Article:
This past October, I wrote about probiotic use in breast cancer. If you remember, that paper concluded that what few in vitro and in vivo studies we have look promising. One piece of research mentioned in that paper is particularly pertinent to today’s post: “One Japanese study asked 306 women with BC, and 662 women without, about their diets, lifestyles and other risk factors and found that regular and long-term consumption of L. casei Shirota (found in Yakult yogurt, and which I have written about before – for example, here ) was ‘…significantly associated with decreased BC risk in Japanese women.’”
One of the big biome stories of the week: another paper just came out that once again, points out the fact that eating yogurt is highly associated with a decrease in breast cancer risk.[i] This paper, out of Lancaster University in the UK, suggests the following hypothesis: “…the mechanism proposed in this article is that the bacteria which cause cancer induce inflammation which leads to the destruction of the stem cells…” This leads to “genetic instability” and mutations within the breast cell DNA.
The authors point out that breast ducts are far from sterile. Pregnancy and lactation are known to decrease the risk of breast cancer fairly dramatically: “Following pregnancy and lactation, they will have a flora which is dominated by lactose fermenting bacteria. This appears to be protective against the development of cancer.” However, bacteria from other areas of the body, where pathogenic bacteria may be present, can travel via the blood stream and can cause dysbiosis in a wide variety of other tissues. For example, periodontitis, which is inflammation of the gums caused by bad bacteria, is highly associated with a wide variety of other illnesses including senility, atherosclerosis, rheumatoid arthritis and cancer (including of the gastrointestinal tract, breast, prostate and pancreas). It is likely that “…organisms of the mouth are carried through the blood to distant sites and cause direct tissue destruction and inflammation. In the breast we envisage that the pathogenic bacteria directly damage epithelial cells…”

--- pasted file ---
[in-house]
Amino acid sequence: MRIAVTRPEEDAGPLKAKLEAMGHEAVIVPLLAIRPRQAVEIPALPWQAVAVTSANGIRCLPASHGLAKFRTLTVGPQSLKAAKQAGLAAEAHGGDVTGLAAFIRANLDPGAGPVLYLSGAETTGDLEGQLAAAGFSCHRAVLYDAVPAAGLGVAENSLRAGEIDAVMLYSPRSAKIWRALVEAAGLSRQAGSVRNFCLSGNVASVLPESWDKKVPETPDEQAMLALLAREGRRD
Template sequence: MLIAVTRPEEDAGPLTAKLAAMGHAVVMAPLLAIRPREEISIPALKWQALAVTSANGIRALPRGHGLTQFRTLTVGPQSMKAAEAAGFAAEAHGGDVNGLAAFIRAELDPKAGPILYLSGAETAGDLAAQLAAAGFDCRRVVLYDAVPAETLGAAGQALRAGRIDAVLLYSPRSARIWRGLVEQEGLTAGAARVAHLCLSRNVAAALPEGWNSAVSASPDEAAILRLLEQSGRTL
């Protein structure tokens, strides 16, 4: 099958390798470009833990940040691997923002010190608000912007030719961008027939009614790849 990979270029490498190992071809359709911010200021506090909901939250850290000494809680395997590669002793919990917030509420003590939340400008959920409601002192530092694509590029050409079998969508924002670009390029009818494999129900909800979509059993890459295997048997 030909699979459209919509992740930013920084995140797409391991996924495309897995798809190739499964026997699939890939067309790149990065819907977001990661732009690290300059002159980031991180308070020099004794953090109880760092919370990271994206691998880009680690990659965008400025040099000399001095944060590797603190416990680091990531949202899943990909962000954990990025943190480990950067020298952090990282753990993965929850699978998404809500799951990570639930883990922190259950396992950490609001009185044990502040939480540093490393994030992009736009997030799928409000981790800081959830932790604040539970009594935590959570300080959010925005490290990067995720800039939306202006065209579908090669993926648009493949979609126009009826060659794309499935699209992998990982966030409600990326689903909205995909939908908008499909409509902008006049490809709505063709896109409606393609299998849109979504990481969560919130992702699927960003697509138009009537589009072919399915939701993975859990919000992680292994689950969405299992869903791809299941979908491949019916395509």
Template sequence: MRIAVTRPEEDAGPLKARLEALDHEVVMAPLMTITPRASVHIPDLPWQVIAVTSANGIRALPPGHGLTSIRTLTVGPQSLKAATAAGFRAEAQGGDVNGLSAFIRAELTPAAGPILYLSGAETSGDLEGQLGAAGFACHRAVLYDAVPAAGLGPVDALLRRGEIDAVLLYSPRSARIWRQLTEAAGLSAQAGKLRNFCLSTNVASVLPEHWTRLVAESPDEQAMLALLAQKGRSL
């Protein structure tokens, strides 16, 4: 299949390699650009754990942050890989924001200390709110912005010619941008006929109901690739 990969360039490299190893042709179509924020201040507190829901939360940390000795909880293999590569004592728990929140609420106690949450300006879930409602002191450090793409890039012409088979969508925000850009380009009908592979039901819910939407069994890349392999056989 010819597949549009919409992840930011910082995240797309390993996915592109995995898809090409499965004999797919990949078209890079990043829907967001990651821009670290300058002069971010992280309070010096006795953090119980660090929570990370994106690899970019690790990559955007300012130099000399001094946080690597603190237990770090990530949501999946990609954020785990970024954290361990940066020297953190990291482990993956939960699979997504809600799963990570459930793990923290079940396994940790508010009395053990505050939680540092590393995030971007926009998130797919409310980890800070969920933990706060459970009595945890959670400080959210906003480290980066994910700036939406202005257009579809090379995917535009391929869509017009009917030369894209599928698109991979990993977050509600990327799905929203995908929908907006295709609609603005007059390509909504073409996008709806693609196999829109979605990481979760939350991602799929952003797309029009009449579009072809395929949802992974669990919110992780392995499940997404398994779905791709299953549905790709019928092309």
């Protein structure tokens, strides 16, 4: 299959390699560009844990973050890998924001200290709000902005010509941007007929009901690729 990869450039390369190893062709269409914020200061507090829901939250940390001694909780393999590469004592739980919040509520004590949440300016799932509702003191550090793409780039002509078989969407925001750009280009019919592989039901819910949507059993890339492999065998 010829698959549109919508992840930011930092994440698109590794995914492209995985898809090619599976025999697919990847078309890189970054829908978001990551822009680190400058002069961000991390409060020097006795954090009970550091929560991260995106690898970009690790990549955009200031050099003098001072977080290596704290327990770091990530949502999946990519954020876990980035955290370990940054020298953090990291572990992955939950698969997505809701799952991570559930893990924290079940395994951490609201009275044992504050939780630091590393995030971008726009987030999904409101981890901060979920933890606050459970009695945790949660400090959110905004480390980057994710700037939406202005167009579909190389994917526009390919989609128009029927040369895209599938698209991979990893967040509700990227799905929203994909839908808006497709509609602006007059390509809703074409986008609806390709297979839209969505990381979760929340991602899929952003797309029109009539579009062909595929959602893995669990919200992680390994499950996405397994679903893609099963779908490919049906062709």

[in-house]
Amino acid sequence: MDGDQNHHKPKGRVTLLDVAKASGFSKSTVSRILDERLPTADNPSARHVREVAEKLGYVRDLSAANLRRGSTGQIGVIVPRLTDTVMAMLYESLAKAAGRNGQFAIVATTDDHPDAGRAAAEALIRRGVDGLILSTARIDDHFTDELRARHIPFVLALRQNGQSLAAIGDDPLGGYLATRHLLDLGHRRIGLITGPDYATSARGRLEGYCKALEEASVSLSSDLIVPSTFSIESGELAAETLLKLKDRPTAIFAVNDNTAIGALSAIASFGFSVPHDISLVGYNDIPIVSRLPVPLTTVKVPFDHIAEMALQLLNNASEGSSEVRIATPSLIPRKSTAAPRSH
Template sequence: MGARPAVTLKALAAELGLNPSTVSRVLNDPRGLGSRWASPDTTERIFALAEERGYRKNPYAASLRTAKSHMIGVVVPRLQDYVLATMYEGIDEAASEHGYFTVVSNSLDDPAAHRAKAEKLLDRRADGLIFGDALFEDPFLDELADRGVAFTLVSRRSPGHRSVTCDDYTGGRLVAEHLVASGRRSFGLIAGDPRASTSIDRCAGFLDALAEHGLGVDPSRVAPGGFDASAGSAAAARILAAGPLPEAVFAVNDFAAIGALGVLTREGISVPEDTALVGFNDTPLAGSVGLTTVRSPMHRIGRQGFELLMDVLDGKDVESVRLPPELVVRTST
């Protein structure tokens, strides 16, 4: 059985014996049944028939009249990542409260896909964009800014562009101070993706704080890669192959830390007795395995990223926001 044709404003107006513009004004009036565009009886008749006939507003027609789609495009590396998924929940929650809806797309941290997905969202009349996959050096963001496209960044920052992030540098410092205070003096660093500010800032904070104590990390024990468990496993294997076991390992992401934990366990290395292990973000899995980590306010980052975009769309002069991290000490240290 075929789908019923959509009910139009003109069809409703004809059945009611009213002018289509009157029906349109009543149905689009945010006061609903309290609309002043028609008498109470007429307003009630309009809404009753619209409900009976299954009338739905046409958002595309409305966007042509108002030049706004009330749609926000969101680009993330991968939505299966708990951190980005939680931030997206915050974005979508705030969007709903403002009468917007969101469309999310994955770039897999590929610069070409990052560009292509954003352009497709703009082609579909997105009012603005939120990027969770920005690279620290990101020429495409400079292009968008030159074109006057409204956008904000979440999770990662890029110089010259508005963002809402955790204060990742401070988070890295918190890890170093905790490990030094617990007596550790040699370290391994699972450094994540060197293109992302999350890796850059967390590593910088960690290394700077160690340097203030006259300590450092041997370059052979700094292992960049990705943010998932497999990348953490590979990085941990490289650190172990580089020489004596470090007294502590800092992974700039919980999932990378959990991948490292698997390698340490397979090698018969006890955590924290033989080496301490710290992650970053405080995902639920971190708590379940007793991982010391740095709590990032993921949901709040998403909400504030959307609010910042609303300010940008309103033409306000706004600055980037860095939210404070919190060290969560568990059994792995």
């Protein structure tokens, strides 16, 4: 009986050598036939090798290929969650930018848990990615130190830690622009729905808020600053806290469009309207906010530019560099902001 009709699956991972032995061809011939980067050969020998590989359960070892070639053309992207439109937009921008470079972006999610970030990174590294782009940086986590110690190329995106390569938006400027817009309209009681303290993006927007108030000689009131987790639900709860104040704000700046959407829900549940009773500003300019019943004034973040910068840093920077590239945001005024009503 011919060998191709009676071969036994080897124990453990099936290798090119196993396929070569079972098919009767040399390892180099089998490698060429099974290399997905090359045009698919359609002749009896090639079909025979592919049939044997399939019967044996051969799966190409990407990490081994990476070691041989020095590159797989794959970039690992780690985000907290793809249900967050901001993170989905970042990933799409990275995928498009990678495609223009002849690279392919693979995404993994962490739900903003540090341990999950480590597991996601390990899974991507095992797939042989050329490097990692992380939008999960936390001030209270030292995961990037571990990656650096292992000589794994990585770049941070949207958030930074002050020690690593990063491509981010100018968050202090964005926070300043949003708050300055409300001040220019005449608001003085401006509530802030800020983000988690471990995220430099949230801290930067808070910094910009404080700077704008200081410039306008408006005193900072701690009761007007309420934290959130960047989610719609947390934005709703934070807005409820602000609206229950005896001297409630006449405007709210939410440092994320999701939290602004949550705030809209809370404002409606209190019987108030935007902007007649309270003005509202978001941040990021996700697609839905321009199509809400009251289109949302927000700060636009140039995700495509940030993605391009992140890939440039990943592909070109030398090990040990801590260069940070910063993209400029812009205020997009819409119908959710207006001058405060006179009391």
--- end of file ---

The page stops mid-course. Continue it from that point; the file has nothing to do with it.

The good news: eating daily yogurt seems to make a very statistically significant difference in breast cancer risk. One meta-analysis (which has been replicated), which looked at thousands and thousands of cases, showed that “…high and modest dairy consumption significantly reduce the risk of breast cancer compared with low diary consumption.” Further analysis showed that the effect forms of dairy were low fat dairy and yogurt – not other forms, like fluid milk. And the amount: about 2-3 cups of these forms of dairy per day (400-600 grams).
In a press release about the study, one of the authors states, “…The stem cells which divide to replenish the lining of the breast ducts are influenced by the microflora, and certain components of the microflora have been shown in other organs, such as the colon and stomach, to increase the risk of cancer development. Therefore, a similar scenario is likely to be occurring in the breast, whereby resident microflora impact on stem cell division and influence cancer risk.”[ii]
The conclusion: “…there is a simple, inexpensive potential preventive remedy; which is for women to consume natural yogurt on a daily basis…”
A little bit of good news, on the things-you-can-do-now front!
[i] Marwaha, AK, Morris, JA, Rigby, RJ. Hypothesis: bacterial induced inflammation disrupts the orderly progression of the stem cell hierarchy and has a role in the pathogenesis of breast cancer. Medical Hypothesis. 2020; 136:109530. doi:10.1016/j.mehy.2019.109530.